Top Infectious Disease News of the Week—October 13, 2019


Stay up-to-date on the latest infectious disease news by checking out our top 5 articles of the week.

#5: Evaluating the Role of New Beta-Lactam Agents for Uncommon Pathogens

Stenotrophomonas maltophilia, Achromo-bacter xylosoxidans, and Burkholderia spp are relatively uncommon pathogens that are increasingly seen as causes of clinically significant infections, particularly respiratory tract infections among immunocompromised hosts and other vulnerable populations.1-4

Patients with cystic fibrosis (CF) are at an elevated risk for chronic infections and morbidity. According to the 2017 Cystic Fibrosis Patient Registry, which provides comprehensive data on nearly 30,000 patients with CF, S maltophilia was identified in 12.9% of patients, A xylosoxidans in 5.7%, and Burkholderia cepacia complex in a further 2.5%.5 Patients with cancer, specif­ically those with a hematologic malignancy, are also at height­ened risk for infections with these organisms.6-8 Infection with S maltophilia can have devastating complications in patients with a hematologic malignancy, for which mortality approaches 100% in patients with hemorrhagic pneumonia.9

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#4: Did the 2016 Fluoroquinolone Boxed Warning Change Outpatient Treatment of Uncomplicated UTIs?

The treatment of urinary tract infections in the outpatient setting represents an area with an opportunity for antimicrobial stewardship efforts. According to the 2010 Infectious Diseases Society of America (IDSA) guidelines, nitrofurantoin, trimethoprim-sulfamethoxazole, and Fosfomycin are recommended first-line antibiotic treatment options for acute uncomplicated cystitis. Although fluoroquinolones are efficacious against common urinary pathogens, they are associated with a “propensity for collateral damage” and consequently should be reserved for patients who are unable to receive treatment with the first-line agents.1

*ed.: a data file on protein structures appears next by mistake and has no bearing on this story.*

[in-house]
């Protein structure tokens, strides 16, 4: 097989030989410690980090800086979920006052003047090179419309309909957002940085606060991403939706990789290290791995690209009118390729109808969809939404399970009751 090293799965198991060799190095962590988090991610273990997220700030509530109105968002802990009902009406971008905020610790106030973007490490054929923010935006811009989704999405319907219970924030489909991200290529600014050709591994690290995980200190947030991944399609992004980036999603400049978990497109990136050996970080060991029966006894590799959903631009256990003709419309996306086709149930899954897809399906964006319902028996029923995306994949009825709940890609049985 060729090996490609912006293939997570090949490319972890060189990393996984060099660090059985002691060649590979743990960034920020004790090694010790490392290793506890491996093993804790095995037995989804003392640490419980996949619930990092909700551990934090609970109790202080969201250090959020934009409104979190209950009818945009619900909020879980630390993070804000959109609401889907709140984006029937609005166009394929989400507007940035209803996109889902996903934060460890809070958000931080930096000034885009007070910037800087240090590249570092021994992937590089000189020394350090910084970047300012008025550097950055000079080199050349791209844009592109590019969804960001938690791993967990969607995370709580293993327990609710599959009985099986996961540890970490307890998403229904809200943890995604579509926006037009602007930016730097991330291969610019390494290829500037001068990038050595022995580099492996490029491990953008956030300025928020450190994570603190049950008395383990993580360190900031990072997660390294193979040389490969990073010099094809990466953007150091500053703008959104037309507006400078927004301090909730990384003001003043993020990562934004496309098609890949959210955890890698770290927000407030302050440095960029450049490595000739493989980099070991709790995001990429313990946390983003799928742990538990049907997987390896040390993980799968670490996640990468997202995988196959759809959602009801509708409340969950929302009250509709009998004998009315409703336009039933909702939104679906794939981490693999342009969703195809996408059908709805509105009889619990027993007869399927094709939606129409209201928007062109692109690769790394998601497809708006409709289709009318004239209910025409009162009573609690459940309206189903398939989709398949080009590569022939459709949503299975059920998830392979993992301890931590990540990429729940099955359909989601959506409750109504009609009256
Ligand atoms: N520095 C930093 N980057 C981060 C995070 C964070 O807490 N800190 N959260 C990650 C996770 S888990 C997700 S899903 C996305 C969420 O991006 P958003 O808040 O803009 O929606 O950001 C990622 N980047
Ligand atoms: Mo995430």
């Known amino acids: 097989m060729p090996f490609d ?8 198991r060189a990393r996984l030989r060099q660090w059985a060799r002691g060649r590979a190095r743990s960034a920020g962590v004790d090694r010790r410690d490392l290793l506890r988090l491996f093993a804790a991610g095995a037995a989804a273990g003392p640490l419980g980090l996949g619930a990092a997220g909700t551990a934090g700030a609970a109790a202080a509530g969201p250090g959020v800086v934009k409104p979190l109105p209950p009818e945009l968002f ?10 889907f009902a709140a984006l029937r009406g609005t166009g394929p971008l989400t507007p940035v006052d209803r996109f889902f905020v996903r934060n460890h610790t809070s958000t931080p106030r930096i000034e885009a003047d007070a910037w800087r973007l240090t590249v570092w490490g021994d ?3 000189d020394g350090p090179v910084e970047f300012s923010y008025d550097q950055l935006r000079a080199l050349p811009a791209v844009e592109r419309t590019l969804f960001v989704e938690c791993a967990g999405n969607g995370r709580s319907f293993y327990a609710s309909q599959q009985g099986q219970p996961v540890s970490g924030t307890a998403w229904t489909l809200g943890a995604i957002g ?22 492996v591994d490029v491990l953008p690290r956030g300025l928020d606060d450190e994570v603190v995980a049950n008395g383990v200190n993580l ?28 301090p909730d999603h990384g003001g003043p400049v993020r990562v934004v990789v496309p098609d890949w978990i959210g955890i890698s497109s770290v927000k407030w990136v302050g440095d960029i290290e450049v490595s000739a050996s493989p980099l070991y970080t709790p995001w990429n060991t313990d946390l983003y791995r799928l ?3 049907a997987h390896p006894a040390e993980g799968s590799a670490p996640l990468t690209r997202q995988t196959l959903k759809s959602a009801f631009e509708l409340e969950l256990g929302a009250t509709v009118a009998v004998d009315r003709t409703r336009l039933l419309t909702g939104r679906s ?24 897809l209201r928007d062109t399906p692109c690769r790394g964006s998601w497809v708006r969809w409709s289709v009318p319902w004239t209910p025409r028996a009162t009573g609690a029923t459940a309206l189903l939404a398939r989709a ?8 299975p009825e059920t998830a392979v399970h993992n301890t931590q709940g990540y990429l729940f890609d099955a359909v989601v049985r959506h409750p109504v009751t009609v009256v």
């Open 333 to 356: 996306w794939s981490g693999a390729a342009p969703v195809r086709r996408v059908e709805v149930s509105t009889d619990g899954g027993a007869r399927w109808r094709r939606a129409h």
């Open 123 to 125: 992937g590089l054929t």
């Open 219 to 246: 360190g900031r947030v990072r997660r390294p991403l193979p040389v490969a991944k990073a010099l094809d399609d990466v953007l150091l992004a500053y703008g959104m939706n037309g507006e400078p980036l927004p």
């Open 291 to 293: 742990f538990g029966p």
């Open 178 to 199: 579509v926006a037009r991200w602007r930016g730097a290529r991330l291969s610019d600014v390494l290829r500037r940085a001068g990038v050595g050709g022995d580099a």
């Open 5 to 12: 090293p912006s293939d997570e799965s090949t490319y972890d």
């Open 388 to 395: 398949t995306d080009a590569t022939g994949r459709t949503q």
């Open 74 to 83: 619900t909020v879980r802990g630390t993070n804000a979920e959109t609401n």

On May 12, 2016, the US Food and Drug Administration (FDA) issued a safety announcement reinforcing the recommendation to avoid fluoroquinolones in uncomplicated urinary tract infections (uUTI), as well as in acute sinusitis and acute bronchitis. Other treatment options are often available for these uncomplicated infections to avoid the “disabling and potentially permanent serious side effects” of fluoroquinolones on the tendons, muscles, joints, nerves, and central nervous system.2 On July 26, 2016, this statement was formally added to the boxed warning on fluoroquinolone drug labelling.3

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#3: "Antibiotic Never Events": The Ideal Target to Reduce Antimicrobial Exposure

Several antimicrobial stewardship strategies are aimed at improving the quality of antibiotic use, including the provision of guidelines for optimal antibiotic selection, de-escalation of therapy, reduc­tion of prolonged duration of therapy, and conversion of antibiotic treat­ment from an intravenous to an oral route.1